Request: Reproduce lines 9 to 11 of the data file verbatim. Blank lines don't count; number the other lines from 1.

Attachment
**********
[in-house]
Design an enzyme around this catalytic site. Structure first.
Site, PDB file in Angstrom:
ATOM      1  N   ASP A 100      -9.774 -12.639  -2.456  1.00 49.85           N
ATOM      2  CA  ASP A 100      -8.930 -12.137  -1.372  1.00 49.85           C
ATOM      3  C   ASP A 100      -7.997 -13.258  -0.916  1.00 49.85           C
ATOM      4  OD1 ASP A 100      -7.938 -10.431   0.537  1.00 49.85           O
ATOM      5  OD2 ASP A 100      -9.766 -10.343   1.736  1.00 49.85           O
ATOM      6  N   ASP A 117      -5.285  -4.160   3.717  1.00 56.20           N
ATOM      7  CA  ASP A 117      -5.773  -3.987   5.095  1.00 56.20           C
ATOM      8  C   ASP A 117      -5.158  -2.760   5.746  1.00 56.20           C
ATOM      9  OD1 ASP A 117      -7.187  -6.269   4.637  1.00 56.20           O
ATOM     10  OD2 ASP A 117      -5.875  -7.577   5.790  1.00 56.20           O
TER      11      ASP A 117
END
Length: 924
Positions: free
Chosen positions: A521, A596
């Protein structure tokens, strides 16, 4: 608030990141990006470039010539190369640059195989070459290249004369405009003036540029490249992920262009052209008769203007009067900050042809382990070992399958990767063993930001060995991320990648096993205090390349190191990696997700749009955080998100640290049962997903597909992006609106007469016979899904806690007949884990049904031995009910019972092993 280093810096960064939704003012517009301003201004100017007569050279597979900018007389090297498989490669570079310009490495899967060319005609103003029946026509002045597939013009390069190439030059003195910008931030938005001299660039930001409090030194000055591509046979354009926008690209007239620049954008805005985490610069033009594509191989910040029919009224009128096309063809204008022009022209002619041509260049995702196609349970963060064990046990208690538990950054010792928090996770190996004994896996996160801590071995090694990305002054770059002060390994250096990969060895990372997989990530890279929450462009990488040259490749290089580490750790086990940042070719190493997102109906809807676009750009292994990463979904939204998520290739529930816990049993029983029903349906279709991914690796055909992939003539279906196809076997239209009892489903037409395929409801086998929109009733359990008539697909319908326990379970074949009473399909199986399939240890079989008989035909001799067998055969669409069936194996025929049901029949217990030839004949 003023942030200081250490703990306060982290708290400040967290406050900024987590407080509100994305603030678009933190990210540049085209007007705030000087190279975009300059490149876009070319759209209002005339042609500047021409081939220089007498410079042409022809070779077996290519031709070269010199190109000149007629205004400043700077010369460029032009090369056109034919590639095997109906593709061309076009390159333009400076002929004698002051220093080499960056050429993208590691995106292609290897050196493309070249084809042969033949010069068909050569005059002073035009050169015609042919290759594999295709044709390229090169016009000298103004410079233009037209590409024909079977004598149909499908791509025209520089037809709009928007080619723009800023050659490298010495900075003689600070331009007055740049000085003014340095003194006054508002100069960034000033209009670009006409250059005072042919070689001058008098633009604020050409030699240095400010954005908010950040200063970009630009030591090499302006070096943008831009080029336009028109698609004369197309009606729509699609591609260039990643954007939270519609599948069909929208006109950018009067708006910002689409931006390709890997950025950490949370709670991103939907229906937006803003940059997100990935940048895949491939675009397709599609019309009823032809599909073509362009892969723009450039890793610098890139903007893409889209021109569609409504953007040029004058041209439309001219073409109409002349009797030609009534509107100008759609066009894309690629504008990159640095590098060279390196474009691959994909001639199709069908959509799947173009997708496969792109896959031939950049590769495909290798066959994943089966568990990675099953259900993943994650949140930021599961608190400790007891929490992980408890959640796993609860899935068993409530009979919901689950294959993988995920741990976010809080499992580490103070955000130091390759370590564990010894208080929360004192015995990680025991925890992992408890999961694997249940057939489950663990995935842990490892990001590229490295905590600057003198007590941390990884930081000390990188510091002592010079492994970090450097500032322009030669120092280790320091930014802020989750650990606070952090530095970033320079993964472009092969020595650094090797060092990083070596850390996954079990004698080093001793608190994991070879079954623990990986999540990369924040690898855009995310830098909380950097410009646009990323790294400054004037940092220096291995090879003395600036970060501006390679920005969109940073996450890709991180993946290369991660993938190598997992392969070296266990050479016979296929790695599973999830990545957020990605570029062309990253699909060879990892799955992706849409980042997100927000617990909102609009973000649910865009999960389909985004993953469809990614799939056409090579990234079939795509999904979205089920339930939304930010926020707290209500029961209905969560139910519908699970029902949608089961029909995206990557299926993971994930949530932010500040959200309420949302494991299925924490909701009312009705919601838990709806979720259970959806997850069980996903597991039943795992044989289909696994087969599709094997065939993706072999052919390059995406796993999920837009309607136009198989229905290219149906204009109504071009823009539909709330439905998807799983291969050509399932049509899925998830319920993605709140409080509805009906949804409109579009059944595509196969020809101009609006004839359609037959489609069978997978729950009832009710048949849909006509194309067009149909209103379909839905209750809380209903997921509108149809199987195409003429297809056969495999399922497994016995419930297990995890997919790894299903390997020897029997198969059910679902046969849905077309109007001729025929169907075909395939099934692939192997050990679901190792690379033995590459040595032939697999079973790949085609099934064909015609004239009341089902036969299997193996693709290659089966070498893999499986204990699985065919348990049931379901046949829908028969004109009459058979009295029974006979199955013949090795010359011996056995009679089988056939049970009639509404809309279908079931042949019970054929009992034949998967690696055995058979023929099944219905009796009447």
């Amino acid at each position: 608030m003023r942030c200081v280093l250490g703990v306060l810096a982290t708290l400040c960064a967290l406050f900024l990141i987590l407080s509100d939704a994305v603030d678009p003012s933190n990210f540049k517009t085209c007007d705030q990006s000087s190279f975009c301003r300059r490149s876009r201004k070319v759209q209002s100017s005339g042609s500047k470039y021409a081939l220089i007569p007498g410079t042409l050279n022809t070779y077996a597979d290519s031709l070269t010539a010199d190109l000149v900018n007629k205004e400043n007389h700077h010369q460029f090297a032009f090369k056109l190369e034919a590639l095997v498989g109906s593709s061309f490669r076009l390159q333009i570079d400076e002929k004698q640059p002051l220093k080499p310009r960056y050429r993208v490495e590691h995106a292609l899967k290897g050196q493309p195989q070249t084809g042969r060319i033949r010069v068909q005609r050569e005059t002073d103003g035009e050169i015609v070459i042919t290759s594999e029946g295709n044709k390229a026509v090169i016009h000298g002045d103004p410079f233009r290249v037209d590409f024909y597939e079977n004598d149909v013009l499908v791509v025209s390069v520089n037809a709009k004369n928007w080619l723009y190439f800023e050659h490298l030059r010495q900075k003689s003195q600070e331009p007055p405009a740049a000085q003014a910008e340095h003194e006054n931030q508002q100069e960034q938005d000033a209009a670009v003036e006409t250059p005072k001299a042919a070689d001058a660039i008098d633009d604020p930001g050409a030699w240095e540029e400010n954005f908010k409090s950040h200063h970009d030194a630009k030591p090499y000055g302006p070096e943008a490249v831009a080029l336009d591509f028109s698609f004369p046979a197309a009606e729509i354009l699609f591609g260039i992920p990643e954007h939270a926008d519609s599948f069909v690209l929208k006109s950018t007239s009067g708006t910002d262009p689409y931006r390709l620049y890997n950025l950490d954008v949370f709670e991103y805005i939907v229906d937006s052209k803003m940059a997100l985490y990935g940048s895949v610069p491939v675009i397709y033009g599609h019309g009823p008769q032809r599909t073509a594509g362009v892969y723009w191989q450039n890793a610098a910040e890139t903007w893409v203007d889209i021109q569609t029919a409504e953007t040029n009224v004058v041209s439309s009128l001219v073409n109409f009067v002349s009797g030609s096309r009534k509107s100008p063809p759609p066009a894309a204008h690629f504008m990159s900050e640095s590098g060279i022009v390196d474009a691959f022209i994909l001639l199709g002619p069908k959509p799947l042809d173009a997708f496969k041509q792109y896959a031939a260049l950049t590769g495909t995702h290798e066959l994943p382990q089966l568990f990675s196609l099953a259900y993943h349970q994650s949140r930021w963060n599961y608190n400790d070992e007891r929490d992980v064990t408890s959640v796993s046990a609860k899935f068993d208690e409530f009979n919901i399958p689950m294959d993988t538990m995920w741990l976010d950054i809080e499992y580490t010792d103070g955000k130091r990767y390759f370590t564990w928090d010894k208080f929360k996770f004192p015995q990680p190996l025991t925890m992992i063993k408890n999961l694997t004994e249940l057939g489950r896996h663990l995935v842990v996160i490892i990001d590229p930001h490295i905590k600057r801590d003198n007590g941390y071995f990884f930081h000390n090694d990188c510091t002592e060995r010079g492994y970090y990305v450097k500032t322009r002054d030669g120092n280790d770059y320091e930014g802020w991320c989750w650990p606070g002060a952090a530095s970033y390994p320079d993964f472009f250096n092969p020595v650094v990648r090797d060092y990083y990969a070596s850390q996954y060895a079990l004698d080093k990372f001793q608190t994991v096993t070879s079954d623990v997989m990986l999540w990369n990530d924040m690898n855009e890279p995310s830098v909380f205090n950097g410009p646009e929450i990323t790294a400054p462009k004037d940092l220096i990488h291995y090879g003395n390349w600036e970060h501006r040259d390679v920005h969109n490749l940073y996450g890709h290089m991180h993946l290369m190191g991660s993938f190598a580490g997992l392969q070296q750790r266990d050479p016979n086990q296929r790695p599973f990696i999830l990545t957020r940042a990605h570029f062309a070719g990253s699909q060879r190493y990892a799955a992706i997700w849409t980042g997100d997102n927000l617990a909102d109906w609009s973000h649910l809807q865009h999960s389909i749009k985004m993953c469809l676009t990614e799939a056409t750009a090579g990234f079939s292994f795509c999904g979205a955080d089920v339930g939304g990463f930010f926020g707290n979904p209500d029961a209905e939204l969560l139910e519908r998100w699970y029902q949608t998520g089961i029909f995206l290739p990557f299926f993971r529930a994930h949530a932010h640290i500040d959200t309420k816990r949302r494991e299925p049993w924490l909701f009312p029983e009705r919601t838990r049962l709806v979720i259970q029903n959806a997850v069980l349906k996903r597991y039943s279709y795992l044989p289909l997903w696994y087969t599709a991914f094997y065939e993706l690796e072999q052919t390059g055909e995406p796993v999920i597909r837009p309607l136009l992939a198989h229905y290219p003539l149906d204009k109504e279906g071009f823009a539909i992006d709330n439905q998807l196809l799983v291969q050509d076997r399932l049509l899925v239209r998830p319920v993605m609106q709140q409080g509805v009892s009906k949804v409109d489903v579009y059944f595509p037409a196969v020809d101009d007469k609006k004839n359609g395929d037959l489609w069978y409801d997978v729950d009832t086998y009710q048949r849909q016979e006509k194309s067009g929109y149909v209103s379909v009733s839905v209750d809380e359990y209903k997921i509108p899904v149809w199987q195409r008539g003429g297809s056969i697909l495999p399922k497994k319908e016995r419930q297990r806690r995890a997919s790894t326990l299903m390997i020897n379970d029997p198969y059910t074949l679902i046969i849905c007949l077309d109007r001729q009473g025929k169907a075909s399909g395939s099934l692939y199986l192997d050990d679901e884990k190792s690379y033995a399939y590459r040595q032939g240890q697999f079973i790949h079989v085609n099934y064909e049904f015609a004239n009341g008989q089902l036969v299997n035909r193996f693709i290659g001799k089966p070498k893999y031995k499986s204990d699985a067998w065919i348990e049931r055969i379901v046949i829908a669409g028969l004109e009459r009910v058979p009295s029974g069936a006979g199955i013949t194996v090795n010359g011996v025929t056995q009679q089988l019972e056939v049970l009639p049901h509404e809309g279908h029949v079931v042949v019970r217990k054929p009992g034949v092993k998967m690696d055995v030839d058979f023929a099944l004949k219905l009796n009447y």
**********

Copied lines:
ATOM      6  N   ASP A 117      -5.285  -4.160   3.717  1.00 56.20           N
ATOM      7  CA  ASP A 117      -5.773  -3.987   5.095  1.00 56.20           C
ATOM      8  C   ASP A 117      -5.158  -2.760   5.746  1.00 56.20           C